With half the money coming from the state and half from Europe the scheme has been advertised well although our ministry has not been actively chasing people to participate. Nevertheless, there has been a very positive response with most farmers in the region putting forward about 25% of their farm.

Grass growth has been deceptive this spring. Although it appears to be an early season it has not really warmed up and, in reality, it is later than usual.

Our cows went out, for the first time, on Feb 28. Ground conditions have been good and they continue to strip graze the first-cut silage ground and some forage rye. The continuous dry weather has even persuaded us to allow them out briefly after evening milking albeit with access to the buildings.

It is not saving much in the way of concentrates although we are gradually reducing the soya and rape in the ration. The recommendation is after the first 4kg to 5kg of maize dry matter then we should feed 0.5kg of soya (or equivalent) for each additional 2kg of maize dry matter.

The big problem we are finding is that because the maize is so dry and the clamp so big, the feed face is heating as the rate of advancement decreases.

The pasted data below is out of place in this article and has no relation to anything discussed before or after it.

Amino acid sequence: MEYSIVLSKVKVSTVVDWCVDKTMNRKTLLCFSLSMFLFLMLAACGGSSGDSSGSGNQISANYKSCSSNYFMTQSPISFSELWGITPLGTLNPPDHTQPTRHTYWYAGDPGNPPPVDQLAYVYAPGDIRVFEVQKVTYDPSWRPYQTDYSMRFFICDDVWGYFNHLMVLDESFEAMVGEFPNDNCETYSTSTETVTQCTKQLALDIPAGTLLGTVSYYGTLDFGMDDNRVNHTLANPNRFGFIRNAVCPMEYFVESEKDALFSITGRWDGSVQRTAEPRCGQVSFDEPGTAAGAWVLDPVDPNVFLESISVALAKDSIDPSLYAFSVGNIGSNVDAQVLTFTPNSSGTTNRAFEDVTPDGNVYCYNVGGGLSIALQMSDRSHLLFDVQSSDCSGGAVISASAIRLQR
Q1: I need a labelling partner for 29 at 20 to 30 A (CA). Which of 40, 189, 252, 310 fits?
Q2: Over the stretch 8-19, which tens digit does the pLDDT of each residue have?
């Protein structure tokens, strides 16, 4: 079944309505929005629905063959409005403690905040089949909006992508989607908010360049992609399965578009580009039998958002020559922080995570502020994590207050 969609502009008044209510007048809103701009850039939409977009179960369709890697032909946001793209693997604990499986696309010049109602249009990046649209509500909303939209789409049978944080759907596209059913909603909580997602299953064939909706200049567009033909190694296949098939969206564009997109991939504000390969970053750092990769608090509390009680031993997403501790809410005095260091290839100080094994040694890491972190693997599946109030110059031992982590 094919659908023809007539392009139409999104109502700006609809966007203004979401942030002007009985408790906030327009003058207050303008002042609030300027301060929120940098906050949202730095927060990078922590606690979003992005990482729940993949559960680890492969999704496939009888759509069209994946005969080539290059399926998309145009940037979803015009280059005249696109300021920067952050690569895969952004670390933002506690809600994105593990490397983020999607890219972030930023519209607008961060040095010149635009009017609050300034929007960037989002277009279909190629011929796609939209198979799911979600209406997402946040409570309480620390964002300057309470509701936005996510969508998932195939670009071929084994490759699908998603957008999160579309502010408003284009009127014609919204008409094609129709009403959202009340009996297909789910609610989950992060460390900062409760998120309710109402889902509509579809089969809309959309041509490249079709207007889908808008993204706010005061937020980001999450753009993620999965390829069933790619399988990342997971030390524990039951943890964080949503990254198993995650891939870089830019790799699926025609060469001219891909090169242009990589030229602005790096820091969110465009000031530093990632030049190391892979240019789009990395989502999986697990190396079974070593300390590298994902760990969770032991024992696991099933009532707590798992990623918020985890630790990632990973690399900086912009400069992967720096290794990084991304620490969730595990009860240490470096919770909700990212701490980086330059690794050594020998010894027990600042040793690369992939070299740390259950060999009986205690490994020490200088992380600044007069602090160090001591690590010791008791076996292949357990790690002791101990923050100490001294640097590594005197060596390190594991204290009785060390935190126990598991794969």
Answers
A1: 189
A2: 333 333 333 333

Finish quickly

Once the grass does begin to grow we will probably finish feeding the maize quite quickly and rebuild the maize clamp using a silage additive. If we dont the clamp will be impossible to manage in the summer.

This will encourage us to produce more milk from forage. At present we are achieving 4364 litres from forage on a yield of 6512 litres. It is improving gradually but we still have to catch up the best performers in our dairy group.

Farmers seem to be finally moving away from a maize-only mentality to one where grass is being considered more seriously. It is due to the combination of a younger generation and continued coaxing from the milk recording and advisory services. As margins become squeezed then systems become re-appraised. Farm incomes in the Normandie region rose by 0.1% last year although there was no improvement for milk production. The figures are healthier for France as a whole showing a 6% increase thanks to improvements in the cereal sector and, most notably, wine production.

Our wheat and barley have come through the winter in good form and have just received a growth regulator applied at 2 litres/ha with an additive LI700. They cost £1.35/litre and £1.30/litre, respectively.

The herbicide we applied recently has worked well with the crops looking clean. The second application of nitrogen will go on any day now.

Growing cereals again has helped us to become more self sufficient and boosted cash flow and margins this winter.

There have been fewer bills for feed and straw although we have required some extra straw to finish the winter which cost £35/t delivered.

Pretty as a picture and worth paying for, according to French taxpayers. Generous payments have tempted Tim Green to sign Vimer farm up for an agri-environmental protection scheme on a five-year contract.